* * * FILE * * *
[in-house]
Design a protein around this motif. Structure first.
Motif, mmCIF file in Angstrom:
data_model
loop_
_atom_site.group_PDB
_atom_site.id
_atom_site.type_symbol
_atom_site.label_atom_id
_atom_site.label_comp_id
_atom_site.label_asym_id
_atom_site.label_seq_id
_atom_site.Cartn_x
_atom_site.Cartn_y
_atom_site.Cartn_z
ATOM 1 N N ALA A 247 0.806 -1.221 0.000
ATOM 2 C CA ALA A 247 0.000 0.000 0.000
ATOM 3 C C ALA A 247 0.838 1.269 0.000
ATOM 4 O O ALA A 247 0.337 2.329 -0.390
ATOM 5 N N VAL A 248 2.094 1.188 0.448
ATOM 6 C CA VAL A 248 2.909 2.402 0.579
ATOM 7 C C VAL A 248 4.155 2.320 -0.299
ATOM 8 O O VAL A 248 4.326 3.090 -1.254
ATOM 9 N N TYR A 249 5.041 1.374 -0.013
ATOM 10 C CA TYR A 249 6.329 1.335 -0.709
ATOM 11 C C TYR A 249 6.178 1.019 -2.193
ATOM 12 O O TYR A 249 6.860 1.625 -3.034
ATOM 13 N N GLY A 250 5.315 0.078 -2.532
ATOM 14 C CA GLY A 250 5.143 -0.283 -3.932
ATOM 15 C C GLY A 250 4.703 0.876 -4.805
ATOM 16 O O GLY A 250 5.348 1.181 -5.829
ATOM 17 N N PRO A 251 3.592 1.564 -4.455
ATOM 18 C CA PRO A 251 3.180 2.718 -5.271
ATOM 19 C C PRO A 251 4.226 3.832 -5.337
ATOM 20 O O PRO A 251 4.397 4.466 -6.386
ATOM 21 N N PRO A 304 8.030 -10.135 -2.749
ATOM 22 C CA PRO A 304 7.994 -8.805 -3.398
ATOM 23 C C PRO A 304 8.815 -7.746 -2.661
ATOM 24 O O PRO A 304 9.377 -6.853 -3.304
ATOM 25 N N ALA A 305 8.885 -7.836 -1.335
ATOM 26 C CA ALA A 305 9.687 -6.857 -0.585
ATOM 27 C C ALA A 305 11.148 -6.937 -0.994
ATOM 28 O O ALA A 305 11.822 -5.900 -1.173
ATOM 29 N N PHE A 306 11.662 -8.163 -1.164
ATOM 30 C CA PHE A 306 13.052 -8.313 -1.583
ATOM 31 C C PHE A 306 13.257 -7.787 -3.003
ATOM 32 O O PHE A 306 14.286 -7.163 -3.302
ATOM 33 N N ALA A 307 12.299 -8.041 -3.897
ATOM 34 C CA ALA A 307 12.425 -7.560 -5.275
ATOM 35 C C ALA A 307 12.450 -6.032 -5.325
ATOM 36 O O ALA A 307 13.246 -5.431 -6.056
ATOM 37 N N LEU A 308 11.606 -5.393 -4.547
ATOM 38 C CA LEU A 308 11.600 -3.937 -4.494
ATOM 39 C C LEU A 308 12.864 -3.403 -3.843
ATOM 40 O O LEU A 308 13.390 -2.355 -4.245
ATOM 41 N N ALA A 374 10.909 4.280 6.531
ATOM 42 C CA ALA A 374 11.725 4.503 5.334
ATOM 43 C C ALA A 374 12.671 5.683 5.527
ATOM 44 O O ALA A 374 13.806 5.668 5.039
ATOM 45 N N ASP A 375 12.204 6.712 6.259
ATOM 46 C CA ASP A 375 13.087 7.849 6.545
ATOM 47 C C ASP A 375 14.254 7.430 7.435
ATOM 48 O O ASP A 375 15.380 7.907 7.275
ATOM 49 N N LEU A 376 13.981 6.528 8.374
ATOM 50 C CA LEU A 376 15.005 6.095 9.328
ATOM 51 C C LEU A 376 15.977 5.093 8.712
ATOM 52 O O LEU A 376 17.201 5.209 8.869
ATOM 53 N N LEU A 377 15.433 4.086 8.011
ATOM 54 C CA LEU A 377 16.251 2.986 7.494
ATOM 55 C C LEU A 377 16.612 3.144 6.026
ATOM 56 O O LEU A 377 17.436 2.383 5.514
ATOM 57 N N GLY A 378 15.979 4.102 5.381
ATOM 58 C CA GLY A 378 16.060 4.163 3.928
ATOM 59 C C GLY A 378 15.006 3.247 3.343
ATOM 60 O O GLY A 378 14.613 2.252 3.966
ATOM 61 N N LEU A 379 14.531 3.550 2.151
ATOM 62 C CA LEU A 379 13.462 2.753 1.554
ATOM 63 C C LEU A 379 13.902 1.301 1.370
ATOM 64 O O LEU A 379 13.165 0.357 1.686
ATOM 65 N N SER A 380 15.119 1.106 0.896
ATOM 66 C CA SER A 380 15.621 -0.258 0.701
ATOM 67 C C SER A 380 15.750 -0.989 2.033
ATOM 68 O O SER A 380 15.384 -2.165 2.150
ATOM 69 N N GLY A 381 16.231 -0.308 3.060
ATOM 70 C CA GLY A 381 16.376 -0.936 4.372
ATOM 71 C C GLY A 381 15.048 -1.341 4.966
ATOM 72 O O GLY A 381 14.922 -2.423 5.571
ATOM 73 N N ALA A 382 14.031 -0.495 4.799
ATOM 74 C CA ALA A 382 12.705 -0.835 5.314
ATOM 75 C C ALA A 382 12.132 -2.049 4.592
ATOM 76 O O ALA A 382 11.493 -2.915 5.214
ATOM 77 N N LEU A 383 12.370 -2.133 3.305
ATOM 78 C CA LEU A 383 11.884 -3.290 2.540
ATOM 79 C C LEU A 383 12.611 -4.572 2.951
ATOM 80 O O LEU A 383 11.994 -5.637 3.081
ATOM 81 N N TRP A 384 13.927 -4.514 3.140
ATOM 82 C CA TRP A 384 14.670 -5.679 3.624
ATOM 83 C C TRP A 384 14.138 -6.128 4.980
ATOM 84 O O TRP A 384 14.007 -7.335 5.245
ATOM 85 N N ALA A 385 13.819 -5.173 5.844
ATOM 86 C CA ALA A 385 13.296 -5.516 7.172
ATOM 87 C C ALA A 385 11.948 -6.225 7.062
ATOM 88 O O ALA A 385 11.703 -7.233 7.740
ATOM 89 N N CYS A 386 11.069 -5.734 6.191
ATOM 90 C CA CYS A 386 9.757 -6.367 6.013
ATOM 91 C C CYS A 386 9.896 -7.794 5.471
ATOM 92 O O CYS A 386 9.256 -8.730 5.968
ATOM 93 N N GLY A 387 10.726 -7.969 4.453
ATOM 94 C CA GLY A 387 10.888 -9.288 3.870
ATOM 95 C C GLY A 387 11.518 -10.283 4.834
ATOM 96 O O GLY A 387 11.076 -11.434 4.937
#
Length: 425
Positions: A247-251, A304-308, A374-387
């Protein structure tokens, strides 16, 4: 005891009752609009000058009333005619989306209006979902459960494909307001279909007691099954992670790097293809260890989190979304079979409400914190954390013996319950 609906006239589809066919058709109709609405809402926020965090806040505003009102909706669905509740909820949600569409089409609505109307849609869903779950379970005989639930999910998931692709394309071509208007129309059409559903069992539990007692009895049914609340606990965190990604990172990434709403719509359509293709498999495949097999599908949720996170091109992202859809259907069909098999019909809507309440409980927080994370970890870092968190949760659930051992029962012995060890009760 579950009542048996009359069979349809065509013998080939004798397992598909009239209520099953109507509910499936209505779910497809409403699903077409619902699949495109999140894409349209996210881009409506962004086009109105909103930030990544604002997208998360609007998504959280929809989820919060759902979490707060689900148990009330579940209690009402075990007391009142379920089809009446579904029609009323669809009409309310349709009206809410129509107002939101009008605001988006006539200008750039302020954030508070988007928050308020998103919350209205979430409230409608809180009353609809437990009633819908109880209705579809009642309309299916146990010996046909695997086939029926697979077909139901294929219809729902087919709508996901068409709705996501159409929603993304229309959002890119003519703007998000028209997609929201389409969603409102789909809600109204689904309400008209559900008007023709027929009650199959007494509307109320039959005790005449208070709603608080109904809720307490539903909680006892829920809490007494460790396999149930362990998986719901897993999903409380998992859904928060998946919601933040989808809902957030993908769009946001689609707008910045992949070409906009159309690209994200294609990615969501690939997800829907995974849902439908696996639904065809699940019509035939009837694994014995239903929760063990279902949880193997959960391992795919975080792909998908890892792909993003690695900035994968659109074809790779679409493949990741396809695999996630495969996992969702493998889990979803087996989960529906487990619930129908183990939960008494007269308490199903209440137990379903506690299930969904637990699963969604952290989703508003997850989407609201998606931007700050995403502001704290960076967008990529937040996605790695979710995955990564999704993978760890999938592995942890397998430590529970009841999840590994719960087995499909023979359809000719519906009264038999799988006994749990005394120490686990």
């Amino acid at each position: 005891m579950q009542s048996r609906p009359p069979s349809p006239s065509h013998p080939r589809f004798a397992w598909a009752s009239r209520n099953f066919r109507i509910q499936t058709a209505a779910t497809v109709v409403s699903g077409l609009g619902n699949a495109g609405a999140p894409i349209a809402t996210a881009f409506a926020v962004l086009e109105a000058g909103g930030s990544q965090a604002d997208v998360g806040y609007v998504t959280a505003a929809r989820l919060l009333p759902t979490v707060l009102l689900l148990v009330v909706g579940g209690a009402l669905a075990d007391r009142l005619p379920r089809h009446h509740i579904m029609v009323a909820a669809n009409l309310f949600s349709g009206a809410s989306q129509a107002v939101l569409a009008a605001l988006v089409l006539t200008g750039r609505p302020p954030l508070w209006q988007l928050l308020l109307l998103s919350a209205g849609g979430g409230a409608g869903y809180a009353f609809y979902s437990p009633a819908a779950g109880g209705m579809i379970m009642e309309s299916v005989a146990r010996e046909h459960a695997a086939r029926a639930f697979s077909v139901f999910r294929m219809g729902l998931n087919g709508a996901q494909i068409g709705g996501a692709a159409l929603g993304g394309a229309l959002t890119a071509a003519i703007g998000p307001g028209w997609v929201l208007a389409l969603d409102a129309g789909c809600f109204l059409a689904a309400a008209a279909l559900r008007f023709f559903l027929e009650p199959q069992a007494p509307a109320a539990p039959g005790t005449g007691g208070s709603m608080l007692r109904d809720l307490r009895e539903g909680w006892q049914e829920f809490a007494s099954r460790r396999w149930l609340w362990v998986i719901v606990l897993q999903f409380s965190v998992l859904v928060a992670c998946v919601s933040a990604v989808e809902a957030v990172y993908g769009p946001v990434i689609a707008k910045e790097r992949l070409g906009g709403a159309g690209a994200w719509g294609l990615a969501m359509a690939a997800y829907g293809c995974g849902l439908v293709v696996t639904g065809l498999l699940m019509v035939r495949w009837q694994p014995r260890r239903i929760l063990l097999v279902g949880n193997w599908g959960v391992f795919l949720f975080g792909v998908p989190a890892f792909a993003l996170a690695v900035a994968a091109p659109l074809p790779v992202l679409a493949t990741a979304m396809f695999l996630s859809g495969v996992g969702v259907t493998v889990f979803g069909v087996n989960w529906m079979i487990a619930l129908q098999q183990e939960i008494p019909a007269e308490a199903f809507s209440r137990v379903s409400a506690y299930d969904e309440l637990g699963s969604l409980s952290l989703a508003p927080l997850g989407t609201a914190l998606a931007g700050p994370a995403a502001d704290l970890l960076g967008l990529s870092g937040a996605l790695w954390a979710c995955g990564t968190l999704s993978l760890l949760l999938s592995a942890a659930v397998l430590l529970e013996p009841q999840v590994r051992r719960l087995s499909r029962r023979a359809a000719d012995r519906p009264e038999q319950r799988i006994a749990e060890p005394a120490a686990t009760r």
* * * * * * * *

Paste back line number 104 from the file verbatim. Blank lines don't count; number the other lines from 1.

ATOM 89 N N CYS A 386 11.069 -5.734 6.191